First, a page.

Imitation may be the sincerest form of television. Any good idea is bound to be noticed and copied. The important part is to know when it’s enough and when the “new” idea becomes so ubiquitous that it’s time for a new “new” idea.
All TV stations fight to somehow stand out in the market. If you’re the first station with the “new” look in your market that’s great. If you’re the second or third station with the same (or derivative) “new” look, you’re not new. And copying someone else says they’re the leader. Do you want viewers to think your competition is the leader?
In television, as in comedy, timing is everything. If viewers see something really new or exciting or useful on your broadcasts, they’ll talk it up. At first you’ll garner some new viewers. Then your competition will produce their own version of your new idea just to hold onto their viewers. Eventually the other stations in your market will also adopt your new idea and viewers will have no recollection of where they saw the new idea.
But you still made some gains in viewership. Here’s where the timing part really matters. You were first because you were, well, “first.” Make a change. Keep the pressure up.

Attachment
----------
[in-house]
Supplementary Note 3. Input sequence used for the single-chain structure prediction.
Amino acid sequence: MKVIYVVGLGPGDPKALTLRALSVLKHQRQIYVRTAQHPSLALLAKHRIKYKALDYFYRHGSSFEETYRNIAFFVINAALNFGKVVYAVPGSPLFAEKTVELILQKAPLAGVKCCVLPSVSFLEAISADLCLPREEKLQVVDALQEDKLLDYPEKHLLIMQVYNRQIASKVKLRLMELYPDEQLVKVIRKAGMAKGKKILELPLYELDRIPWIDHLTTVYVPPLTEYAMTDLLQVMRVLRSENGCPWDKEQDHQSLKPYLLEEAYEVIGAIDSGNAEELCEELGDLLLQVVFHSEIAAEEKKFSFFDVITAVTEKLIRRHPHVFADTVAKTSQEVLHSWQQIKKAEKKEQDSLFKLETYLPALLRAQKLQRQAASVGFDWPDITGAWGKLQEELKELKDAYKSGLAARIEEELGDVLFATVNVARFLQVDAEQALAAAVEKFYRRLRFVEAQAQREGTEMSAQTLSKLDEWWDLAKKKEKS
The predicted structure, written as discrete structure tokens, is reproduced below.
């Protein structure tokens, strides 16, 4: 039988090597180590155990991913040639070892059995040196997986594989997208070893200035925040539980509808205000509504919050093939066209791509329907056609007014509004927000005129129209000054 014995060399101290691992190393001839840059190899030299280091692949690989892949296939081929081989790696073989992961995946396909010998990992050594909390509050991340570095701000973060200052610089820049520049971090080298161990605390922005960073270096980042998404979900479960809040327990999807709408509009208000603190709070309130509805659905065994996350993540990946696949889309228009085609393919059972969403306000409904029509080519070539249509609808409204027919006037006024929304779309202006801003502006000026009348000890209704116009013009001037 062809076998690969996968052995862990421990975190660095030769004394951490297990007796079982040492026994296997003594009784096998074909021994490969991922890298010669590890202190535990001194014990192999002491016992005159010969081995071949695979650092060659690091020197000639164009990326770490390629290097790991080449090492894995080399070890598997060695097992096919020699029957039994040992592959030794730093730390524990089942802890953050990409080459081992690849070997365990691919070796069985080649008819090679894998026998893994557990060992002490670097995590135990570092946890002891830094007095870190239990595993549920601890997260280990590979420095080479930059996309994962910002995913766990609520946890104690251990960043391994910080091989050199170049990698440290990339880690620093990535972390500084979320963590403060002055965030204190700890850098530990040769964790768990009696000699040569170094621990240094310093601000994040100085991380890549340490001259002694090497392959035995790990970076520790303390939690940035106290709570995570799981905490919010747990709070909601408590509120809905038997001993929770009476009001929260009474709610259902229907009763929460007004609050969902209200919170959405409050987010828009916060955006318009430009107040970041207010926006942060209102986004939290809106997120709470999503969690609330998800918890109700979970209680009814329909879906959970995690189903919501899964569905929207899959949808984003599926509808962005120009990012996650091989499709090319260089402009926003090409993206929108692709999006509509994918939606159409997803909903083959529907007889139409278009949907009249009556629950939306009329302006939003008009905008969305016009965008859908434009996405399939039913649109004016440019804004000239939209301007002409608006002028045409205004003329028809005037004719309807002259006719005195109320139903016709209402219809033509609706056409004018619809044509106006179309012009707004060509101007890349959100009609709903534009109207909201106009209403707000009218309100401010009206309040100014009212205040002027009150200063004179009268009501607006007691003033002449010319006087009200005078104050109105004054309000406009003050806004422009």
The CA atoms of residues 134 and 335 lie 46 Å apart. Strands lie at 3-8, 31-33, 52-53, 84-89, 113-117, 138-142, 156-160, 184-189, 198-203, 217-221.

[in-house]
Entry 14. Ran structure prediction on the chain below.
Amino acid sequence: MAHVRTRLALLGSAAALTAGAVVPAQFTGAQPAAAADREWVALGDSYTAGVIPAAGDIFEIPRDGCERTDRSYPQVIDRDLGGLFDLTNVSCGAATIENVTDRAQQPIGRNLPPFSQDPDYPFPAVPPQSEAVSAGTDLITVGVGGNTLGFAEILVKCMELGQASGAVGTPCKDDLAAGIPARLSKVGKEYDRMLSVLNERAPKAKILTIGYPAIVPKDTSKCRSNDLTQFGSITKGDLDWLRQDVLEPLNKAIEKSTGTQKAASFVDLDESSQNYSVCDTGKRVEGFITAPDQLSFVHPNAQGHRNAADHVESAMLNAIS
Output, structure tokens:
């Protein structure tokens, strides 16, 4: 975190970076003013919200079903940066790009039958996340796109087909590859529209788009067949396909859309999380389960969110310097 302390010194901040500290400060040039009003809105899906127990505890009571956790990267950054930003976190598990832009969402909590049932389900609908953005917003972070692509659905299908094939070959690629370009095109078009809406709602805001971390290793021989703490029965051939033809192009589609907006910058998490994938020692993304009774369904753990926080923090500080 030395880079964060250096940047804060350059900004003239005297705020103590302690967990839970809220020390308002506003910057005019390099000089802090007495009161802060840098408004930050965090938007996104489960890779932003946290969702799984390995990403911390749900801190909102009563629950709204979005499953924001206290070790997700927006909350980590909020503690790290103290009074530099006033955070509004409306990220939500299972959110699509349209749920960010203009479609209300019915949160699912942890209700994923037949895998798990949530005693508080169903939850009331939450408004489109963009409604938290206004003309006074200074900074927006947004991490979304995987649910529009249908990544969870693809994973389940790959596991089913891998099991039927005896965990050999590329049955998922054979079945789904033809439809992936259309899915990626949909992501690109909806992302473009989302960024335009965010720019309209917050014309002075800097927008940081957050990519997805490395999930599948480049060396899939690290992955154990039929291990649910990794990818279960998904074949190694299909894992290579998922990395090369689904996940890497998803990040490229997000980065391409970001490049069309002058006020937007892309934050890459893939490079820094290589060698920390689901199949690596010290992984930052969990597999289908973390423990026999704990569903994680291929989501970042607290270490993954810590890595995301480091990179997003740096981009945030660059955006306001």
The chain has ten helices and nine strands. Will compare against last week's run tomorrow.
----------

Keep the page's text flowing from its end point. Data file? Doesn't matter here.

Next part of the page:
Every General Manager just moaned. “More money on sets? On graphics? On Lighting? Really? What else do you want?”
Yes, really. If your set is relatively new, examine new shots. After that it’s time for newer graphics; revamp the lighting and music. New WX Van? If you’re the first, sure.
Even if you adopt some ideas from the competition it’s critical that you reinvent the concept and do it in a better, fresher way than the guys down the street. Be first or be best and if you can, be both.
Just don’t be the same. Stand out in a crowd. Quality matters in ways that viewers cannot describe. Good reporting needs good presentation. Great reporting deserves great presentation. Any misstep along the way makes everything connected to it look cheap and unprofessional. You’re not YouTube. You add value and depth to all the stories you cover and that has to be evident in every facet of your broadcast, no matter where it’s seen.
And yes, it’s worth the effort every single time.